I wanted to cover a few long awaited updates that I have completed, and that my web master has finally linked up, to the "Rhythm Masters" web site at www.rhythmmasters.org. The most exciting is the Fennell CD’s, which I have also referred to as the “Madison Tapes”. In the summer of 1975, I was selected to be one of 16 college educators that participated in Dr. Fennells’ first ever conducting symposium, which was held at the University of Wisconsin. To make a long story short, I taped the private session between Dr. Fennell and the 16 conductors (at the begging and pleading of my room mate) which occurred each evening after our group dinner, from about 6:30 to 8:30pm. I had forgotten about the tapes for some time and, in a motivational surge of garage cleaning last summer, stumbled into the tapes once again. They were very old, and several had to be taken apart and re-spooled, but I did save them all long enough to make a set of master CD’s. Contained in the “Madison Tapes” are over 700 minutes of Dr. Fennell’s view of such topics as: the history of wind band, its relevance in the overall field of music, present great wind band composers and new “up and comers” to keep your eye on, the history and in depth analysis of the concert march (both international and American), personal insights into his own musical background as a young cymbal player in Cleveland Ohio, and most interestingly, where Dr. Fennells felt the wind band movement would be 25 to 30 years from that time. THAT’S RIGHT NOW!!!!!!!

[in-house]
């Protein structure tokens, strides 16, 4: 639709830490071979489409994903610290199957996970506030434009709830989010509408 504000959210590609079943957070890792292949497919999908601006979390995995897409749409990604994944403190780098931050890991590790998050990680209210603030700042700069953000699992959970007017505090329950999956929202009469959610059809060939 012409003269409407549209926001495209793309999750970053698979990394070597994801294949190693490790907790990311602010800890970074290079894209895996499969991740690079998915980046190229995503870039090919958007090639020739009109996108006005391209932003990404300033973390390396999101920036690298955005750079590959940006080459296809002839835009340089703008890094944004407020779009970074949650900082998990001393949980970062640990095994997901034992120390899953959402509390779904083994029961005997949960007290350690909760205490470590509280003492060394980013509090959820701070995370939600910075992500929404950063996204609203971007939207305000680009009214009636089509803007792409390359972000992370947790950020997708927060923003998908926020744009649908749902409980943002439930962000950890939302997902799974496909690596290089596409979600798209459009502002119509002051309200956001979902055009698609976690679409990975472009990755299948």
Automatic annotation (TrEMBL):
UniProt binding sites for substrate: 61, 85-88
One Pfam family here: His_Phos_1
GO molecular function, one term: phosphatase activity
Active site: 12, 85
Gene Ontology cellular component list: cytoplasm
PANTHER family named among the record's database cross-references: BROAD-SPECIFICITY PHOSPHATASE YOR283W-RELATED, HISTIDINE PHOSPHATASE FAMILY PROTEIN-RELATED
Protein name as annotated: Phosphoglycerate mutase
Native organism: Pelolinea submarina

I would not do anything with these tapes unless I directly got Dr. Fennell’s permission. It took me a while, but when I finally got a hold of him by phone, he was so gracious. He only met me once, thirty years ago, but it felt like we were long time friends reminiscing about old times. When I asked him if I could share the tapes with my colleagues, he did not hesitate, and gave me permission to share them with whoever might be interested. The only thing Dr. Fennell requested of me, is that I send him his own set of CD’s, which I did right away. He confessed he was rather interested in what his own predictions were back at that time.
So, that’s where I am right now. I’m not very knowledgeable about CD technology, and admit the files are large. There are no tracks utilized, each side of a cassette tape was copied as is. If there is a college director, or school with the appropriate facilities, that may wish to take on the project of re-organizing the CDs’, let me know. I’ll try to burn a set of masters and send them out to you. If your typing a paper, doing grades, or just want to listen to something other than the usual music, talk or sports, you might want to check it out. If you have any suggestions, or just like what you hear, let me know. Once again, you can access the CD’s on the “Rhythm Masters” web site under “Fennell’s Recordings.”
Other new additions to the “RM” site include: